The look is one of heightened naturalism with a sumptuous warm brassiness to the image. Particular inspirations for me were ‘I am Love’, ‘Carol’ and ‘Birth’. It was lit with what I call ‘soft contrast’ supplementing practical light with soft sources but from an angle where you still have deep shadows.
It is a film where I am particularly happy with the final look of the film. It was lit relatively simply, again practically motivated (but not lit with practicals). As we wanted a warm look to the film the main lighting was two 500w lanterns wrapped in many layers of muslin. The light was wrapped in close up’s by more draped muslin and lots of negative fill. The light was supplemented with small splashes of harder light in the background with Source 4’s. This was a wonderful first collaboration with gaffer Ben Miller- a massive lover of Tungsten as am I though often flexibility pulls you towards LED….. Like so much of my work, we were generously helped by suppliers Arri Rental for the camera/grip package and Greenkit for Lighting.
I have collaborated with Toby Tomkins at CHEAT on a number of projects and I am always delighted with the results. Toby is a technical wizard in terms of teasing out an organic quality from digital images but never loses sight of the story and creative intent. As much as I strive to get as much in camera as possible in terms of contrast, direction and shape a great colourist can take it to that next level with the final touches and is a key collaborator.
Text by Andrea Boccadoro [composer]
Working with Charlie on ‘Everything You Didn’t Say’ was challenging and exciting. When I saw the film for the first time, it felt very solid and complete without music, yet the editing style and the prominence of the subtext in the script (what the characters ‘didn’t say’) called for a score: something that would be able to accompany the rhythm of the film, whilst defining the difference between text and subtext. A lot of the shots are closeups with strong performances and dialogue, giving a sense of intimacy and ‘melody’ which is carefully positioned in-between drama and comedy. I imagined that the characters’ lines were almost like the lyrics of a song, and I wrote the instrumental accompaniment building around the actors’ voices and the tension/release effect given by the progression of the monologues.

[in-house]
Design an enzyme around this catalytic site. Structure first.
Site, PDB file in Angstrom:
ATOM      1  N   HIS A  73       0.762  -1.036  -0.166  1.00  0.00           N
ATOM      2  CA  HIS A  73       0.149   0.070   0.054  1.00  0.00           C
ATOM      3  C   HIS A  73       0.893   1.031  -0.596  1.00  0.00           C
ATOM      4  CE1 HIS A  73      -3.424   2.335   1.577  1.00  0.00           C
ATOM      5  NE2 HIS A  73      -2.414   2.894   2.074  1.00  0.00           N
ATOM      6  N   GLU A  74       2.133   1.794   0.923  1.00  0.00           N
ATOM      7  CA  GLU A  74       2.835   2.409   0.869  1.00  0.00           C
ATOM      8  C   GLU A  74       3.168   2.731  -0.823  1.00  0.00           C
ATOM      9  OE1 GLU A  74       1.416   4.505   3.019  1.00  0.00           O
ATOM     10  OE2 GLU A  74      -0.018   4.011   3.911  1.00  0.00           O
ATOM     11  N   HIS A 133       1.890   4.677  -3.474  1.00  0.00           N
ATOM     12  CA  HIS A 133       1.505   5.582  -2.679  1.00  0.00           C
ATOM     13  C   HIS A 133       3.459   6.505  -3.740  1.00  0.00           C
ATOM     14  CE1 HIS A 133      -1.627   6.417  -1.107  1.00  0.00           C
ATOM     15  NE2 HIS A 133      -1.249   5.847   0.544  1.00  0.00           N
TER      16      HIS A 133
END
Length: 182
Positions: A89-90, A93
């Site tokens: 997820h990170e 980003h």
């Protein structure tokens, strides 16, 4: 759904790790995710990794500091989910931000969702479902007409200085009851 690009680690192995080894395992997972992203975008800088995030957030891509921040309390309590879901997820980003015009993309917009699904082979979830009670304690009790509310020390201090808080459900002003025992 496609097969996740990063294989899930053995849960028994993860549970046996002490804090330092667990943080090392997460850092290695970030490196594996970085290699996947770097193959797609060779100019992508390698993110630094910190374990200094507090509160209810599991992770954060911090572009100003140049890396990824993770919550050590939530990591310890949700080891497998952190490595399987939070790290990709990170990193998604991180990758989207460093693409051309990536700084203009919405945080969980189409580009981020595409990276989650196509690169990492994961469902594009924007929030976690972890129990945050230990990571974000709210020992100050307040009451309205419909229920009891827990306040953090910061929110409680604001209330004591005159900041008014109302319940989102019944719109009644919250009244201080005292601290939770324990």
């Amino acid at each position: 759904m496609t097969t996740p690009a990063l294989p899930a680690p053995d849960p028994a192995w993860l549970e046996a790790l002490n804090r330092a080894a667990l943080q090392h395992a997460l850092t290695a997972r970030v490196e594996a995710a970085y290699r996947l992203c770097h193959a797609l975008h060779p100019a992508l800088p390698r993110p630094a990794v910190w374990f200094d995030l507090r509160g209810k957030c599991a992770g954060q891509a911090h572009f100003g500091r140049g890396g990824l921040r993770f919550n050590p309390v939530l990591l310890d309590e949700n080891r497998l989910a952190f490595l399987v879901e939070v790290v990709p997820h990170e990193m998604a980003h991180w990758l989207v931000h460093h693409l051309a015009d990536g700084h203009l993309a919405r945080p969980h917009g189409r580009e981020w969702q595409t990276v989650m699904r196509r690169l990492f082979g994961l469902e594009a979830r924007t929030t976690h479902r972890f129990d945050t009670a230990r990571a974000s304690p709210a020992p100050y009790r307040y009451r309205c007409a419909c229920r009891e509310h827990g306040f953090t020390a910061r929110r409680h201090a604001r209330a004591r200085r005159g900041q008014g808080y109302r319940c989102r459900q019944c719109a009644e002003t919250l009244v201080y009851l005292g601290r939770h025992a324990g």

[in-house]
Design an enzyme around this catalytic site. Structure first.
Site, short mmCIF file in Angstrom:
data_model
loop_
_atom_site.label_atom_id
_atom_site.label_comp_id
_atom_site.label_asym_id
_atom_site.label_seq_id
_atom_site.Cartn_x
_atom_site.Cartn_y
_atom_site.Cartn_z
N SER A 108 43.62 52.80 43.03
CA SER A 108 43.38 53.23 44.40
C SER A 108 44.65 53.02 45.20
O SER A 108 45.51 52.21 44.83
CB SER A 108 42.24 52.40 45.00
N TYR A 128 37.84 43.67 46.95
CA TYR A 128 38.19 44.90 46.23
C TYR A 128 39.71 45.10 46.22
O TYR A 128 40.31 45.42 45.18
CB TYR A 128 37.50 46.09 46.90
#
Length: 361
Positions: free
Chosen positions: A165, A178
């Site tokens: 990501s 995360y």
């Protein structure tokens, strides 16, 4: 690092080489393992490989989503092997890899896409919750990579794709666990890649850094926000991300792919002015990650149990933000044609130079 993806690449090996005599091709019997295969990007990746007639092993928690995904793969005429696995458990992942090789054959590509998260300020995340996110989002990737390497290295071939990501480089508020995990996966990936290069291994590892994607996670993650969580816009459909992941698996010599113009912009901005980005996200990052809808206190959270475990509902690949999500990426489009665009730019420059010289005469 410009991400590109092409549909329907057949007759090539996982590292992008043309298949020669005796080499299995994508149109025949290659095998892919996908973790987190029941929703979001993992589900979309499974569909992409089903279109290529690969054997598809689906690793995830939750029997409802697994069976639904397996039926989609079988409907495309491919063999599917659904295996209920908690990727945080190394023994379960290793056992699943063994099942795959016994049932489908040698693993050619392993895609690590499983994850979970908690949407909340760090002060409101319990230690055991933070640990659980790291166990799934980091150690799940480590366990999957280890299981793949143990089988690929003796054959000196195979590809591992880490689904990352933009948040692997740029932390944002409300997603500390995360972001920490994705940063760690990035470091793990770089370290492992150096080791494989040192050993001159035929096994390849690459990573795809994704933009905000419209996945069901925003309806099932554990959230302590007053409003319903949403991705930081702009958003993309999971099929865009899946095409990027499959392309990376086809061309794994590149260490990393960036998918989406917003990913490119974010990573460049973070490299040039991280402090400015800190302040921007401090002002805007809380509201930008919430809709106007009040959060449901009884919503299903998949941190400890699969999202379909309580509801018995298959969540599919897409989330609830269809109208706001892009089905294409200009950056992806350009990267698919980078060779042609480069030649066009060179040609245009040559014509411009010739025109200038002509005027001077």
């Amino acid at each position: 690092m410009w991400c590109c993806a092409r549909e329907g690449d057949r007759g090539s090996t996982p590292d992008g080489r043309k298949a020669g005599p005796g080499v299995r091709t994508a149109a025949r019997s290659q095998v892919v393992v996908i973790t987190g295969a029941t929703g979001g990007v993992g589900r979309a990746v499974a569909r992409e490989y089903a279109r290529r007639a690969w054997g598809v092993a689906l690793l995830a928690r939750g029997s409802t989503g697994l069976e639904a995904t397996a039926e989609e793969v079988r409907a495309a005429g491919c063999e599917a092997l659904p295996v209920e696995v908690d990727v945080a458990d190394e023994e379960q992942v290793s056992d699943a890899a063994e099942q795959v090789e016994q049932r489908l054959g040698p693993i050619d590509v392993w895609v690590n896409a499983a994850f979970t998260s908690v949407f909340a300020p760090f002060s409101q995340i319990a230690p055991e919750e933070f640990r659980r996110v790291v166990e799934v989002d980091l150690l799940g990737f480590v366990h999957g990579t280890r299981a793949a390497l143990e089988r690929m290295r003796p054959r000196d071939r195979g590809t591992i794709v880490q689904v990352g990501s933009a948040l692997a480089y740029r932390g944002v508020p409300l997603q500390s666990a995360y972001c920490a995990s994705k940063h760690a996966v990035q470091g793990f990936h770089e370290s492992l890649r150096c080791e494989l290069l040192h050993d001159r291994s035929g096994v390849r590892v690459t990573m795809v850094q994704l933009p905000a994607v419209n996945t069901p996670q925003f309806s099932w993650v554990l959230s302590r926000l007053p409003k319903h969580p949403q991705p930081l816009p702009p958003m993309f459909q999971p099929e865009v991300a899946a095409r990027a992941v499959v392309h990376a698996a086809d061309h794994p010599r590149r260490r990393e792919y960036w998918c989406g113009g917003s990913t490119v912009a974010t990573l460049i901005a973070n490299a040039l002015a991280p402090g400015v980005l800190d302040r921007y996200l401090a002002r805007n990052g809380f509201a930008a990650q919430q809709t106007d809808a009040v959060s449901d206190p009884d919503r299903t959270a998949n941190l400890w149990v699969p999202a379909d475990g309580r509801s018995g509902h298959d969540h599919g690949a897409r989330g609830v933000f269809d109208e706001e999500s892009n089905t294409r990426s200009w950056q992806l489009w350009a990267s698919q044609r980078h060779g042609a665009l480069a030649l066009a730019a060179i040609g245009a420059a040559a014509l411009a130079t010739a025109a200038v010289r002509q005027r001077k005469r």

There is definitely a Spanish influence both in the instrumentation and the harmonies I used, but I was also interested in creating a bridge between the sounds in the score and the sound design, which elevated details on the screen to a psychological level (glass, cutlery, facial movements often contribute to convey the repressed frustration of the characters). For this reason, I looked for a sharp and glassy sound for some of the strings arrangements, and recording these with live musicians at Air-Edel Studios was essential to our approach. Charlie was very aware of the role of music in the film, and we worked closely throughout the scoring process, in order to find the right tone and rhythm for each of the scenes.Archive